Last Updated:Friday - 09/24/2010
June 7, 2004
People add the caring factor
At this time of year, thousands of children (and their parents) benefit from the efforts put forward by volunteer soccer coaches. These coaches are unsung heroes who give of their time and enthusiasm to help children and youth learn a bit about sports and some more about life.
A good coach helps his or her young players grow towards freedom of spirit. Winning is only secondary. The primary products are seeing children grow in confidence, learning to work with each other and being willing to give even the weakest member of the team an equal opportunity to participate.
These are hard virtues to learn given our naturally competitive nature and our society's overemphasis on winning and winners. They are, however, virtues for a lifetime.
In the midst of a federal election, the children's soccer coach can also serve as a reminder that a lot more goes into building a good society than choosing the right type of government. Too often, we may be trapped into thinking that Canada is defined by its government. Our nation is also defined, perhaps even more, by those endeavours that are rightly beyond the reach of government.
Government cannot determine the heart of the people (although it can surely influence it). A nation is surely determined by actions reflecting the conscience of the people. A great nation is one where a critical mass of the people are concerned for the well being of others. Its greatness is seen in how it treats the weakest of its members.
This greatness will certainly be revealed in government policies toward the sick, the poor, the foreigner, the aged and the young. But it will also be evident in the fact that we know bureaucratic solutions are no substitute for human contact.
The strength of good government is that it treats all people fairly; the strength of volunteerism is that it prevents society from becoming an anonymous and impersonal mass.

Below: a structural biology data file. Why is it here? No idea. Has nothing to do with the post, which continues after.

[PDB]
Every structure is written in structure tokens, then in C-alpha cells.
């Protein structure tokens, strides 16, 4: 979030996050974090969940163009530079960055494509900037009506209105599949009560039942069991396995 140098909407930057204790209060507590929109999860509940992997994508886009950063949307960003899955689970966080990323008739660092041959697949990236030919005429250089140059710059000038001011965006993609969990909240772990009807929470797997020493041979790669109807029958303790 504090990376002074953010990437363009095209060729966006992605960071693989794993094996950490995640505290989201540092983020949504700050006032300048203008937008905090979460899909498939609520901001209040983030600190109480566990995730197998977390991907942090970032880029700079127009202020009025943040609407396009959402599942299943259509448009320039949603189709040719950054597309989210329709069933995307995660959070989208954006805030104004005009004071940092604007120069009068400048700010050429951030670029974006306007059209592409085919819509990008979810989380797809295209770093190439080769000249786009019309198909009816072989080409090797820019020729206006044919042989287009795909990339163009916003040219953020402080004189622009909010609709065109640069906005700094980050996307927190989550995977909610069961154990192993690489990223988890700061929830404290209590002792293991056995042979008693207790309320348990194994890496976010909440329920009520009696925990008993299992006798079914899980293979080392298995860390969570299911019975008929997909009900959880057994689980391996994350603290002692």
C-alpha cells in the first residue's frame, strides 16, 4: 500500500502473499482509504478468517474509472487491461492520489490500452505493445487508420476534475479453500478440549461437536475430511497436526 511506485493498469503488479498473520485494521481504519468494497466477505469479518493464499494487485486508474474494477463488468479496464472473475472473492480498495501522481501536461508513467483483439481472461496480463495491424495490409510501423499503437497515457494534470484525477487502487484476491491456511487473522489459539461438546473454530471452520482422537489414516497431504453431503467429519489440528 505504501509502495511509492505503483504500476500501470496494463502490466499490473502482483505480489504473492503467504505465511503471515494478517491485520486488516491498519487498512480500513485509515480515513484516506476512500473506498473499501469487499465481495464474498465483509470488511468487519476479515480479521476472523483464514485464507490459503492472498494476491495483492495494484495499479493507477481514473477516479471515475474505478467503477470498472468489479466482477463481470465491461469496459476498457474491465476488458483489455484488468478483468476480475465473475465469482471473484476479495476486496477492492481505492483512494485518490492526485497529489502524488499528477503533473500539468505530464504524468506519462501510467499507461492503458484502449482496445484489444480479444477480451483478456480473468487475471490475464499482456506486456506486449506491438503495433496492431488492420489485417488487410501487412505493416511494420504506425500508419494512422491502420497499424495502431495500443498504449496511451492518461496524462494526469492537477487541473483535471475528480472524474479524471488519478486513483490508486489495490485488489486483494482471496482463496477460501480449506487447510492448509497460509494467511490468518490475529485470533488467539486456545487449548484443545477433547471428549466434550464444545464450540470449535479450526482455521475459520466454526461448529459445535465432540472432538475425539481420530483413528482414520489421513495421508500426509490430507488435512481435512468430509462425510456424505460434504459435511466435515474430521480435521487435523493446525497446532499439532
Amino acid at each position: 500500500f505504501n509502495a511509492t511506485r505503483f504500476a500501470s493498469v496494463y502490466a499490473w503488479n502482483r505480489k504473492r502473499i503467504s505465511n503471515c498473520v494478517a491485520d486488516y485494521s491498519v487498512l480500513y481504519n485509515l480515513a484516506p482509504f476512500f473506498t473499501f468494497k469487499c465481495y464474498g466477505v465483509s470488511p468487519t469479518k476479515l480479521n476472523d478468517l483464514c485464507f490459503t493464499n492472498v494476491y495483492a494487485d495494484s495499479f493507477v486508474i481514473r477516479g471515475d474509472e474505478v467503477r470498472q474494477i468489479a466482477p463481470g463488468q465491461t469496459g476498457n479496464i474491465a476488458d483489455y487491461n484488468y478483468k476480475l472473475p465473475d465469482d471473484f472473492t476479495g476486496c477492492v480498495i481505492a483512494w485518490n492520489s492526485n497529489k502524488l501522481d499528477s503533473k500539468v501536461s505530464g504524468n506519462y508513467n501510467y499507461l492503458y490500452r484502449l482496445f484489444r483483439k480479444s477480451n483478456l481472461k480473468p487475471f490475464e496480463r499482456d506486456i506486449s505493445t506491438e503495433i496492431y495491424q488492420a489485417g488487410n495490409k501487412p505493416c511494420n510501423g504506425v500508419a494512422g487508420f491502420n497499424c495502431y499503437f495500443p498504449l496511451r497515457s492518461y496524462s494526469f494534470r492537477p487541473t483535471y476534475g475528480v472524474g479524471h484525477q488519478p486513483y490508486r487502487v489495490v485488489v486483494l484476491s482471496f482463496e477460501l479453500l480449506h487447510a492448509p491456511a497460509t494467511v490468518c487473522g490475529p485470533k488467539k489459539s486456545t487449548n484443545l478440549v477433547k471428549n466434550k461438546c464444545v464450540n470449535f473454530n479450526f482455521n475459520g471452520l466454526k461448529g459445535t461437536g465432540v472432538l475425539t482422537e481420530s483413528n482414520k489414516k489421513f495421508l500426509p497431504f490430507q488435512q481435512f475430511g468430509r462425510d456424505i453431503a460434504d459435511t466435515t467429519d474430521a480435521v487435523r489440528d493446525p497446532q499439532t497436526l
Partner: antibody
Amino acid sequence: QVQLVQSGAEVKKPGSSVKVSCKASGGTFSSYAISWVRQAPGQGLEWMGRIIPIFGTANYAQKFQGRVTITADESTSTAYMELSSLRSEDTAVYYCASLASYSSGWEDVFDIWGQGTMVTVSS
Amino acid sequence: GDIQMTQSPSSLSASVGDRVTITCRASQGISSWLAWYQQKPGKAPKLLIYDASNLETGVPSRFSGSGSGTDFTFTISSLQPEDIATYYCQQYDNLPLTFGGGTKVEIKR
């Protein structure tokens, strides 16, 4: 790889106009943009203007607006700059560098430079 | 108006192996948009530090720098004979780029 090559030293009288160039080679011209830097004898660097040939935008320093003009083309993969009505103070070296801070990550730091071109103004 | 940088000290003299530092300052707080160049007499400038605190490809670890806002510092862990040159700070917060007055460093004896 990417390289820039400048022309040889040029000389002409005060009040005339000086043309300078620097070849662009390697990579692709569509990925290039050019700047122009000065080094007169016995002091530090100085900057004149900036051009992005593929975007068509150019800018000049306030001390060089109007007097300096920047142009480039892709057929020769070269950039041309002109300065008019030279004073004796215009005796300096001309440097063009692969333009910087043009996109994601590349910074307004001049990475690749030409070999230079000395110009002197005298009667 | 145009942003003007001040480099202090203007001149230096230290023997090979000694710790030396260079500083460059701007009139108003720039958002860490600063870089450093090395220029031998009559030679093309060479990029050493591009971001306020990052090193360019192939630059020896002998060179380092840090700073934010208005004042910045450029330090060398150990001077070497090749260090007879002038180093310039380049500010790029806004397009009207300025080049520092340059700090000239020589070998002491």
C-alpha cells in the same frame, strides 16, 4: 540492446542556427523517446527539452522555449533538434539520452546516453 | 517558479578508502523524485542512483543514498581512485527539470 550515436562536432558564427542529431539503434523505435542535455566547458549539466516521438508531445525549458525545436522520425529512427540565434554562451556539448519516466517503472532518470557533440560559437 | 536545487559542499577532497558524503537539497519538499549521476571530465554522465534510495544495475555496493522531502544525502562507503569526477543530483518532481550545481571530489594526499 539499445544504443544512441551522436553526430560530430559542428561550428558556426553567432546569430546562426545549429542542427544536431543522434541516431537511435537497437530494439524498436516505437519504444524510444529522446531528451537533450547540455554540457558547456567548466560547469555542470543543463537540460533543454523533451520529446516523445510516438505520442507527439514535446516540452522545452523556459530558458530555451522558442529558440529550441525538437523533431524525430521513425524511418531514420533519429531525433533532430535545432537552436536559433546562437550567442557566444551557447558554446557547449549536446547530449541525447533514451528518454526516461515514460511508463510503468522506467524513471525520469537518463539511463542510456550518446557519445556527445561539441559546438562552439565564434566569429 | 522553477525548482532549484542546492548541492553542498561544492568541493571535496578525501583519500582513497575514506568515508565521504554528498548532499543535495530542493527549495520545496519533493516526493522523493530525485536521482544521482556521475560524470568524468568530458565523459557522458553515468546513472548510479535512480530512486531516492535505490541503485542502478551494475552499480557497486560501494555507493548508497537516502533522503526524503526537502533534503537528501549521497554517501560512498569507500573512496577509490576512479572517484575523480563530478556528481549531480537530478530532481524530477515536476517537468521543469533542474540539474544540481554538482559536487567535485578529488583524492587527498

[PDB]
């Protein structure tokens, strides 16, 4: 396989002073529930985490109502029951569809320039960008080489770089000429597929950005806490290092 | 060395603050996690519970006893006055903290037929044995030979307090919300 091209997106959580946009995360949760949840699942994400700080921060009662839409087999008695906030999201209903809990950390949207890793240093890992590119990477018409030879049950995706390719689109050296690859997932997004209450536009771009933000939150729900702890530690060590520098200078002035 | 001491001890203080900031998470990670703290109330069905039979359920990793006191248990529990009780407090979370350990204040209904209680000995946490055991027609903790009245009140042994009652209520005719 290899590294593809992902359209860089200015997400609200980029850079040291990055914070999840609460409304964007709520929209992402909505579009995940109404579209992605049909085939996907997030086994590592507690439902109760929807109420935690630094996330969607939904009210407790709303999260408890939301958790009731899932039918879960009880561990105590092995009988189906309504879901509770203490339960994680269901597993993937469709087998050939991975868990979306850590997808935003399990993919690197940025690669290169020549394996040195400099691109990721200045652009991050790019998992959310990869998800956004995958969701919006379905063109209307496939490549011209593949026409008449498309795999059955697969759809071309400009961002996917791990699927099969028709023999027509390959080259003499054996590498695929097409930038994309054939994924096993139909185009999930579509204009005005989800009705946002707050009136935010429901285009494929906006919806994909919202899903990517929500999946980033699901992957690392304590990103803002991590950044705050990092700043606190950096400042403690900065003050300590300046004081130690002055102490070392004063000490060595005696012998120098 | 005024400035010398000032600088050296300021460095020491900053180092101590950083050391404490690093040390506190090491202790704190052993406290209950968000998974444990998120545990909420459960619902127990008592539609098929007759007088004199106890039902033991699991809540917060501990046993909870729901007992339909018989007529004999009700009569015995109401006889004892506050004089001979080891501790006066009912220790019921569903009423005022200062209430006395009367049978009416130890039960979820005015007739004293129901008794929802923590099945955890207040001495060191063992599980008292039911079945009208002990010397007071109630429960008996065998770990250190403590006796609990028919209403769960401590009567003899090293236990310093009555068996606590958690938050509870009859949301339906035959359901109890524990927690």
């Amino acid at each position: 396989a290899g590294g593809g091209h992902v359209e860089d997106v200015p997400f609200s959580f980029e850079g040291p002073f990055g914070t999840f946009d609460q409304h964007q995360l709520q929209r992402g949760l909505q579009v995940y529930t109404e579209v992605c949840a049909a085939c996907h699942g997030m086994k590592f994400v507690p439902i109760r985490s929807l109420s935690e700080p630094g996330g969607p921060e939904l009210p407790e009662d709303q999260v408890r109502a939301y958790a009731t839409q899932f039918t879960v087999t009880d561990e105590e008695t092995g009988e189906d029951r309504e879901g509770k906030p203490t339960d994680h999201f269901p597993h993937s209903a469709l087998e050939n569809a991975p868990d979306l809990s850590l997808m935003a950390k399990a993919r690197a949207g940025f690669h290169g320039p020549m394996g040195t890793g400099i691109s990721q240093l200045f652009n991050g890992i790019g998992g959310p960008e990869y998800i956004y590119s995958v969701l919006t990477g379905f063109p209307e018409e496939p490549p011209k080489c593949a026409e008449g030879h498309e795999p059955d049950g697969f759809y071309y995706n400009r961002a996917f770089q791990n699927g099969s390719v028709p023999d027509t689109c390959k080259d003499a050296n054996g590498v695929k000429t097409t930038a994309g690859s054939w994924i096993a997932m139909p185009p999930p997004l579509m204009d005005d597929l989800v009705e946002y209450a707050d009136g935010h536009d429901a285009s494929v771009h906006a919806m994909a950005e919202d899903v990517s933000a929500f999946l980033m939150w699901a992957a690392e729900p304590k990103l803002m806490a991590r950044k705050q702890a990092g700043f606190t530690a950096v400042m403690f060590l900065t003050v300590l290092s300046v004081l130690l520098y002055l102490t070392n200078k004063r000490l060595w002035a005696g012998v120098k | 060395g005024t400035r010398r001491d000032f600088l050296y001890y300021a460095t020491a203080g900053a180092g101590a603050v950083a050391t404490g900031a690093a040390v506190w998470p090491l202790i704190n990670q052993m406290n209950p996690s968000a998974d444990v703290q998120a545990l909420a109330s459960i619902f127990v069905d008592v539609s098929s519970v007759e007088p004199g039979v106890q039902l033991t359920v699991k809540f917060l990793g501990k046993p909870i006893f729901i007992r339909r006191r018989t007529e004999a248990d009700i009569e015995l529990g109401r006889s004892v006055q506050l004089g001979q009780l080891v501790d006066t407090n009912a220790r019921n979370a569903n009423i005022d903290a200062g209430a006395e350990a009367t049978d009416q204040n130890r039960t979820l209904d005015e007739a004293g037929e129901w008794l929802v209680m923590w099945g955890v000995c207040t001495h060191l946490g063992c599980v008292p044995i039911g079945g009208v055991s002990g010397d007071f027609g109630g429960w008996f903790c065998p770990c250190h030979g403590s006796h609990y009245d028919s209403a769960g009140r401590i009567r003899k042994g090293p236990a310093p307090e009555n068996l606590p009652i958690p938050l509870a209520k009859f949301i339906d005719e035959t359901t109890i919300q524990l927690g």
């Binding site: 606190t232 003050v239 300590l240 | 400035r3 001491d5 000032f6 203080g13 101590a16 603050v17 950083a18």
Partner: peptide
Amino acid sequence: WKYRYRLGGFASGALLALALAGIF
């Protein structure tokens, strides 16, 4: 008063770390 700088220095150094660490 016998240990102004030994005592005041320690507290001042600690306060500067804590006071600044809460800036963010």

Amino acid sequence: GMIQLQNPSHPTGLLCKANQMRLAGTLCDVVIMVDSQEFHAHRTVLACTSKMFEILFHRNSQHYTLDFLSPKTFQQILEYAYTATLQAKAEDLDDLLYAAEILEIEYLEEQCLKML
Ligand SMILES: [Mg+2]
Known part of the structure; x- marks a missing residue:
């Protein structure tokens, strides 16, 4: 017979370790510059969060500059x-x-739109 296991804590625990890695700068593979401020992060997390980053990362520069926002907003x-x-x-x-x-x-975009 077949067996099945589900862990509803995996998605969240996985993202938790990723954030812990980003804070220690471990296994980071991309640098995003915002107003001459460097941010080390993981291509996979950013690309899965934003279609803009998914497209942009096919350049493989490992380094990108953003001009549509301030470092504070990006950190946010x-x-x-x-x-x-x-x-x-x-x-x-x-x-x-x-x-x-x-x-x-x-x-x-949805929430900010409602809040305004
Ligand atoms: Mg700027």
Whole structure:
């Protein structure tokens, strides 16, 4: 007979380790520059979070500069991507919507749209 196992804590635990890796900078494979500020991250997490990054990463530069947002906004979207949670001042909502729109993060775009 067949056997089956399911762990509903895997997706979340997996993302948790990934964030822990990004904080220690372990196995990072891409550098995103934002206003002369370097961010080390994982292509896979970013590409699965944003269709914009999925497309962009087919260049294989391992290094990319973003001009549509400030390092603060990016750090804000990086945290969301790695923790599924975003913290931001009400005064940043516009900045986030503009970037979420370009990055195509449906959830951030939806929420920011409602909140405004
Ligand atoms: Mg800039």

Jean Vanier, a great Canadian, once wrote, "A community is only a community when the majority of its members is making the transition from 'the community for myself' to 'myself for the community,' when each person's heart is opening to all the others, without any exception."
Our political debates often focus on which can better solve a social problem - the government or the marketplace?
But Pope John Paul wisely remarked, "The individual today is often suffocated between two poles represented by the state and the marketplace" (Centesimus Annus, 49). Both the state and the market must serve the higher goals of life and human dignity. It is essential that whatever solutions we devise not allow the person to get lost in the crowd.
Ultimately, politicians cannot be the guarantors of that. It is the responsibility of individual Canadians, as much as the government, to ensure the unique dignity of each person. We need to change our hearts as much as we need to change any government.
If, for example, we want good health care, we need good systems and adequate funding. But the perfect system and the best funding won't provide good health care unless the hearts of health-care providers are constantly turned towards meeting the full human needs of their patients. Governments cannot provide a guarantee of personal caring.
Canada is a thriving country partly because of its economy and its government programs. It also thrives because so many people go out of their way to help others.
Charity is no substitute for social justice; neither is justice a substitute for charity.
Letter to the Editor - 06/21/04
Copyright © 1998, 1999, 2000, 2001, 2002, 2003, 2004, 2005, 2006, 2007, 2008, 2009 -- Western Catholic Reporter
Our mission: To serve our readers by bringing the Gospel to bear on current issues in the Church and in secular culture through accurate news coverage and reflective commentary.